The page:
I will say that one day in the mid-80s we had the coldest day recorded in USA (-24 F) and I fired up that Rambler and drove to the same garage to report for duty. No one else showed up.
 

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Hey, don't forget legendary Brit "engineering" like 1960-70s MG. I knew a few guys who drove MGs. Great on a sunny day fresh out of the repair shop. All other times... I pitied the fools. Always broken down at night along a busy highway. In the rain. Before cell phones.
Hahaha, so true! The Triumph was only a little better. Never drove an MG but I did play with a Triumph. It felt toy like and I barely squeezed myself into it. It was slow also. I had a type 3 VW square back at the time and it was way faster. But that Triumph was always broken, hard to get parts for and hard to work on. The best tiny car I have ever dRiven was a friend’s suped up Toyota MR2. Mid engine so it was weighted nicely. Quick with amazing handling and way more comfortable than I expected.
 
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Hey, don't forget legendary Brit "engineering" like 1960-70s MG. I knew a few guys who drove MGs. Great on a sunny day fresh out of the repair shop. All other times... I pitied the fools. Always broken down at night along a busy highway. In the rain. Before cell phones.
Actually, compared to Triumphs, Jensens, TVR's and the like, MG's were fairly reliable. They were certainly more advanced than most of the competition was.
 

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Now that we're thoroughly off topic, more on Vega. The other thing was, like most US cars, the water pump gave out after 50-60K miles. When it did, you lost your coolant and overheated. That was the end for the engine even if you'd been nice to it up until then. I heard that later years used a cast iron cylinder sleeve that pretty much fixed the oil-burning problem; but by then nobody wanted one. Here in Michigan, most cars in the early 70s would have rust coming through before the 3-year loan was paid off.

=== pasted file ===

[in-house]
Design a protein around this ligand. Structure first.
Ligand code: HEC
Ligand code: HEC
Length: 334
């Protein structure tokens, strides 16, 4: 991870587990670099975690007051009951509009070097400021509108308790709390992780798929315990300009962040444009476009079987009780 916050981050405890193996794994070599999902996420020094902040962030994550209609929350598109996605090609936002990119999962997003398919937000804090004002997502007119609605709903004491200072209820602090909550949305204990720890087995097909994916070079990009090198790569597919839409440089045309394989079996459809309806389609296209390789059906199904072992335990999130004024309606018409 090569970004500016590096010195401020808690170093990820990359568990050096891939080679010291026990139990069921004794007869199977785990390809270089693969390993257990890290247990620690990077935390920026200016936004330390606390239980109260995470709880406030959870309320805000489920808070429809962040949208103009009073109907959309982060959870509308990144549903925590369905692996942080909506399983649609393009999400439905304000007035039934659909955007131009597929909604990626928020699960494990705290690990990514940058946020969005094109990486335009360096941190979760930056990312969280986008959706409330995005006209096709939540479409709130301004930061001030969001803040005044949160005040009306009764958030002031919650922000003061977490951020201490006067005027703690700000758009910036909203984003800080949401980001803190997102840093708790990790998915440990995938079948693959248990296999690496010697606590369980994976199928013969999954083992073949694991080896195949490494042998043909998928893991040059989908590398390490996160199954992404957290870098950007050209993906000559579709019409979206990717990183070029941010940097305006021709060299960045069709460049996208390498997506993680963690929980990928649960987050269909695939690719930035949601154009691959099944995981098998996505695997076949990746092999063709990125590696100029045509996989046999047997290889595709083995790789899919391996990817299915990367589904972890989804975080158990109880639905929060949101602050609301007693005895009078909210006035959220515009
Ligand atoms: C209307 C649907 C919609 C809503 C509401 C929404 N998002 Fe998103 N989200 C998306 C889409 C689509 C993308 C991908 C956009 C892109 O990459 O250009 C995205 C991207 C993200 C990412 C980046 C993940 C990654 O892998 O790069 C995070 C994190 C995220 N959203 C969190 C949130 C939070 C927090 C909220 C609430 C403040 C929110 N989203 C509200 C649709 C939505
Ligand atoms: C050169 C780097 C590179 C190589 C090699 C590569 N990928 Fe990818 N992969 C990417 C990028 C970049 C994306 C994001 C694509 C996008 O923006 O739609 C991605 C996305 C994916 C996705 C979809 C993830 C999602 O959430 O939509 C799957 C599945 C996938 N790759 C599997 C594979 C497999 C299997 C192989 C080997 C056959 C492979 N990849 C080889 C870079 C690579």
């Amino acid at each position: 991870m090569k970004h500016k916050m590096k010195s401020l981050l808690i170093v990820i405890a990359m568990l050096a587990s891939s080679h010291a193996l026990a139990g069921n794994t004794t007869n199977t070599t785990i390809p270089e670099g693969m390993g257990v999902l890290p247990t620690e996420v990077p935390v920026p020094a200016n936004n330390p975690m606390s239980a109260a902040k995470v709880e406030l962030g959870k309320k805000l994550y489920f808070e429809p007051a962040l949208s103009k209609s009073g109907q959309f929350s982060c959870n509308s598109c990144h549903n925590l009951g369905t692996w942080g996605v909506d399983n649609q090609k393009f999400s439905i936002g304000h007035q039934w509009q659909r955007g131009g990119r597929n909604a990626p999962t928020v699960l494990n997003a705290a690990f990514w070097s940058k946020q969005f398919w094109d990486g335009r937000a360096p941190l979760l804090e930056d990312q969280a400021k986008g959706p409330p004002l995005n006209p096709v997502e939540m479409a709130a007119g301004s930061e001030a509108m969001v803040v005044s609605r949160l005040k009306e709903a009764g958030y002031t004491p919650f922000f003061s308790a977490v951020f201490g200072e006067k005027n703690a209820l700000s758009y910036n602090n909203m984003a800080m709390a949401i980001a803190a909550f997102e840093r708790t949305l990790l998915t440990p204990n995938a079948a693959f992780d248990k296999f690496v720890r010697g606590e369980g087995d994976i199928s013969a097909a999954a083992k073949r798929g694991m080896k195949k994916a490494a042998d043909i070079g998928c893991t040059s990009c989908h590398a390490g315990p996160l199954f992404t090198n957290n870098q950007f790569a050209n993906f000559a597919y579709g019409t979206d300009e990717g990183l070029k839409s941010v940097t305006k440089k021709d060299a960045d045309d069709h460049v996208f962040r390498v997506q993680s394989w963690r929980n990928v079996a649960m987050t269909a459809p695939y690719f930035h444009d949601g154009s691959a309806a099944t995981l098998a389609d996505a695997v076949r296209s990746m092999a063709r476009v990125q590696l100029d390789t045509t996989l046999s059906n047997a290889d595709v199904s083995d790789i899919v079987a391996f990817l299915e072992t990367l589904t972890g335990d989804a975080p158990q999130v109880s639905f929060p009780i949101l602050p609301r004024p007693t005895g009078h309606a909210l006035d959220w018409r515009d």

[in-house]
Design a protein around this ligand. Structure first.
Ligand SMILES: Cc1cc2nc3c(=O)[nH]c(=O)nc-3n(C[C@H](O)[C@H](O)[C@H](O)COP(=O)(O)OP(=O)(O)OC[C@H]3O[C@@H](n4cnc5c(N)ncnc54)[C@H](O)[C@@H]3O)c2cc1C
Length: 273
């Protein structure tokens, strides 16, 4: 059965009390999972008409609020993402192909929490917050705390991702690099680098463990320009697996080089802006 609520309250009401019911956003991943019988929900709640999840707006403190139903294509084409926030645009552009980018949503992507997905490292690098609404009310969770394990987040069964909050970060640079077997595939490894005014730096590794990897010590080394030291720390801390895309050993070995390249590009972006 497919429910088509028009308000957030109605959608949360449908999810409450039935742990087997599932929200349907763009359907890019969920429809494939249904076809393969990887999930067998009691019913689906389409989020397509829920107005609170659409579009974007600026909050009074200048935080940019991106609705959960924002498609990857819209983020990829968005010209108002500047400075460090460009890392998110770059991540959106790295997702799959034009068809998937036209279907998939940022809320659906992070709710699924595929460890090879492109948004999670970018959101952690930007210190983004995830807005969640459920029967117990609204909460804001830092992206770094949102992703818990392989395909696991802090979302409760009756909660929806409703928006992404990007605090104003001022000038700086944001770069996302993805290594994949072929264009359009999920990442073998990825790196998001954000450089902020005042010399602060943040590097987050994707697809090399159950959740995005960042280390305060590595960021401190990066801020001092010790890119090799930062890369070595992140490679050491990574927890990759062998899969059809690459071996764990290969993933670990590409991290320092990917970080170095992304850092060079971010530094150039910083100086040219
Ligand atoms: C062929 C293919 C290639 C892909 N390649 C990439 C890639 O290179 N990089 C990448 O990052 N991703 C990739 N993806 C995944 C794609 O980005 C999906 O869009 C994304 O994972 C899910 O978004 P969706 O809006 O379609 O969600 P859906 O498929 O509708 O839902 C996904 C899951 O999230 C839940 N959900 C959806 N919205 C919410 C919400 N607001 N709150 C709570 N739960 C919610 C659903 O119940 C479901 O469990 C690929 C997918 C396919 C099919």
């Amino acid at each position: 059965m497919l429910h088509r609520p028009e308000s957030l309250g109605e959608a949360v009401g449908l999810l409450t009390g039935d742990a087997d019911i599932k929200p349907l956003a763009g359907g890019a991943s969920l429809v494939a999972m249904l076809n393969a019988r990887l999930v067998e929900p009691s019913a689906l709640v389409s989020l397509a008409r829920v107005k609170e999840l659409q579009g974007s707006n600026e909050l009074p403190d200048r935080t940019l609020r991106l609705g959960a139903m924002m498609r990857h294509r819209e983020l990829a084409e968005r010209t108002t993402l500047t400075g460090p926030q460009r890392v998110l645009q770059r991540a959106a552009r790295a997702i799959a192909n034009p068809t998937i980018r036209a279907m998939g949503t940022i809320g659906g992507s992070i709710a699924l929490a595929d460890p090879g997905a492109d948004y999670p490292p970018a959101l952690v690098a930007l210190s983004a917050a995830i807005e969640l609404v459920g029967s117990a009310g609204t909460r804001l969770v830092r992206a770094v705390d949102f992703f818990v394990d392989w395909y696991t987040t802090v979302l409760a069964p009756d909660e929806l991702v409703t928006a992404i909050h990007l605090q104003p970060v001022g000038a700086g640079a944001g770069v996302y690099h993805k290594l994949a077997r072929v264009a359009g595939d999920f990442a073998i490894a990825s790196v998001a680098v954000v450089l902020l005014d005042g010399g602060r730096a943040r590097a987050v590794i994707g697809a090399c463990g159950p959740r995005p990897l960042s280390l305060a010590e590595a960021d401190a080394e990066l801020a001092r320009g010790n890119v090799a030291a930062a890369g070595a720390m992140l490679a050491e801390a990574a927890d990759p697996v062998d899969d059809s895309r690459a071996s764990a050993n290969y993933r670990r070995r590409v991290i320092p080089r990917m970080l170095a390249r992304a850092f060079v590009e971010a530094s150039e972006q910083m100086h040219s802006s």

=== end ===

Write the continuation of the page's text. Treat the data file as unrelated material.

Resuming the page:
And to think: the Vega was Motor Trend magazine's Car of the Year in 1970 :) We had a Pinto wagon as our first car (no explosion issues with the wagon) and we had rocker panel rust within two years, a window crank handle broke in the first year, a seat belt hanger screw tore out of the head board, an inside door lock knob pulled out, etc. etc. It got hit from behind by a dump truck and we bought a Corolla, with which we had zero problems. There's a story in that for Detroit that took them 30 years or more to learn.
 

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Hahaha, so true! The Triumph was only a little better. Never drove an MG but I did play with a Triumph. It felt toy like and I barely squeezed myself into it. It was slow also. I had a type 3 VW square back at the time and it was way faster. But that Triumph was always broken, hard to get parts for and hard to work on. The best tiny car I have ever dRiven was a friend’s suped up Toyota MR2. Mid engine so it was weighted nicely. Quick with amazing handling and way more comfortable than I expected.
Speaking of Brit engineering... Royal Enfield. I still have, since 1973 (and still runs good) a 1959 Royal Enfield Indian Apache. (A Redditch RE bike badged Indian for the US market with some frame mods like lengthened wheelbase)

As in all typical Brit engineering of the period, it "boasts" Lucas electrical parts (Prince of Darkness), and has the automatic low-oil-warning feature that lets you know it's time to add oil (when it stops dripping oil on your garage floor).
 

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And to think: the Vega was Motor Trend magazine's Car of the Year in 1970 :)
There were a few other turkeys that made Motor Trend Car of the Year. The Chevy Citation made it in 1980. That car had the most recalls in automotive history. The Renault Alliance made it in 1983....need I say more? 🙄
 

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Over a week, 35 posts, major thread drift and the OP has never returned.
 

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Possibly. Or he didn't get the answer he wanted.
Either way, it wasn’t an answer the OP wanted... In other times, pretty much nothing... now? Maybe $200. Trying to remember but I think that was an entry level Raleigh.